Why Correlation Does Not Imply Causation
I still haven’t seen a convincing argument against my idea of causation!
A cause is necessity between particular things.
We need, though, to explain what I am referring to by ‘particular’ things.
A lot of words can have both a general and a particular ense. ‘A spark’ can refer to a bit of flammable material at a particular time and place. But ‘a spark’ can also refer to ANY thing that is a spark, not just a particular one.
When we say ‘a spark causes a fire’ we mean that a particular spark is necessary for a particular fire.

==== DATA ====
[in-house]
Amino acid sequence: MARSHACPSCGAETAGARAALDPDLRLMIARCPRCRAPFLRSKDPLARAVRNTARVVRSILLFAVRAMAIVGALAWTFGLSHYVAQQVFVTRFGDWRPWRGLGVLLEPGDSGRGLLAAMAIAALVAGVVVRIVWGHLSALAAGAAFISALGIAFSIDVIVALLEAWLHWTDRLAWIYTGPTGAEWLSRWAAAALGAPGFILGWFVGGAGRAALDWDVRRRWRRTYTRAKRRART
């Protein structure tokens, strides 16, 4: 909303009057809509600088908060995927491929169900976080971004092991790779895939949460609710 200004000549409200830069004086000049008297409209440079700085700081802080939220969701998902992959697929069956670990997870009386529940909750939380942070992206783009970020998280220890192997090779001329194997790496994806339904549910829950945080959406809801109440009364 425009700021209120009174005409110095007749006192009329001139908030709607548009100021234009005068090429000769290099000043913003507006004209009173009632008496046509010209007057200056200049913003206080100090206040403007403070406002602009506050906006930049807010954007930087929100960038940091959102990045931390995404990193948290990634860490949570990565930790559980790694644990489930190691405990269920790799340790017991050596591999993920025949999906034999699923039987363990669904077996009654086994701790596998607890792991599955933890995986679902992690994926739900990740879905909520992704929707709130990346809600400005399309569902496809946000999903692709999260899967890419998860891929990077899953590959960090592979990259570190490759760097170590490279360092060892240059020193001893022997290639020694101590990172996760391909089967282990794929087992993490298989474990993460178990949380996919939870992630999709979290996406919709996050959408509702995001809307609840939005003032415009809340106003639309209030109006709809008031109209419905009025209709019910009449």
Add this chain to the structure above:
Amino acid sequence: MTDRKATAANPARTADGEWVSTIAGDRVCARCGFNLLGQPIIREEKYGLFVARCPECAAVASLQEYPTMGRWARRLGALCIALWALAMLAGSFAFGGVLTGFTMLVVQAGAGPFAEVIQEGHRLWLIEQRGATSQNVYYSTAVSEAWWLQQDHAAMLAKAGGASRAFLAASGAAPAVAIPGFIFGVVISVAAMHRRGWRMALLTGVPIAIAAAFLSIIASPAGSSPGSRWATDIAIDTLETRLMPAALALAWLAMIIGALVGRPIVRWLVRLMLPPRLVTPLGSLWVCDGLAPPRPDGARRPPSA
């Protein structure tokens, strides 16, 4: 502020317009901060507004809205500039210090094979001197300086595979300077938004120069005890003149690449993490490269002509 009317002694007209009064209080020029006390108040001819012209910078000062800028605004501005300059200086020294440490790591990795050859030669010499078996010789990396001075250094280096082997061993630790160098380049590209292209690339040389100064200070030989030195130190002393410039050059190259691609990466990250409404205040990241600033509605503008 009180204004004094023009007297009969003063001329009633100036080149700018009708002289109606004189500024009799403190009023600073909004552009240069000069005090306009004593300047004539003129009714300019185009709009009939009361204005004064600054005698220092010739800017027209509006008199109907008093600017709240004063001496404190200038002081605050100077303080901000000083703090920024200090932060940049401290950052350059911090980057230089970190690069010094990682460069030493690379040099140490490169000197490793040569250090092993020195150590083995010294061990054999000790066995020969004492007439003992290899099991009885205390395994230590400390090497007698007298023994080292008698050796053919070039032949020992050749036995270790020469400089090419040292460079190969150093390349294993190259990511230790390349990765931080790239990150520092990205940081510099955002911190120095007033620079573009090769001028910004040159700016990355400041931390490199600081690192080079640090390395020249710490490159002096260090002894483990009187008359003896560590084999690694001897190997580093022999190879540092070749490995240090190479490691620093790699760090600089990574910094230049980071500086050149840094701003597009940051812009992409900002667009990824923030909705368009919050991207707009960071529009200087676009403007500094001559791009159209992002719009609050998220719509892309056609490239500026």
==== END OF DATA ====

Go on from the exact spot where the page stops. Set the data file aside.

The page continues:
The classic argument against necessity as causation is that things like oxygen and fuel are necessary for the fire too, yet we wouldn’t say oxygen caused the fire, or fuel caused the fire.
Yet we have a handy answer for this: no particular oxygen is necessary for the fire (it can be any oxygen), and no particular fuel is necessary for the fire (it can be any fuel).
Note that the question of ‘what sorts of things are causes’ leaves us with a broad conception: events, actions, things can all be actions. It is necessity that is the common factor.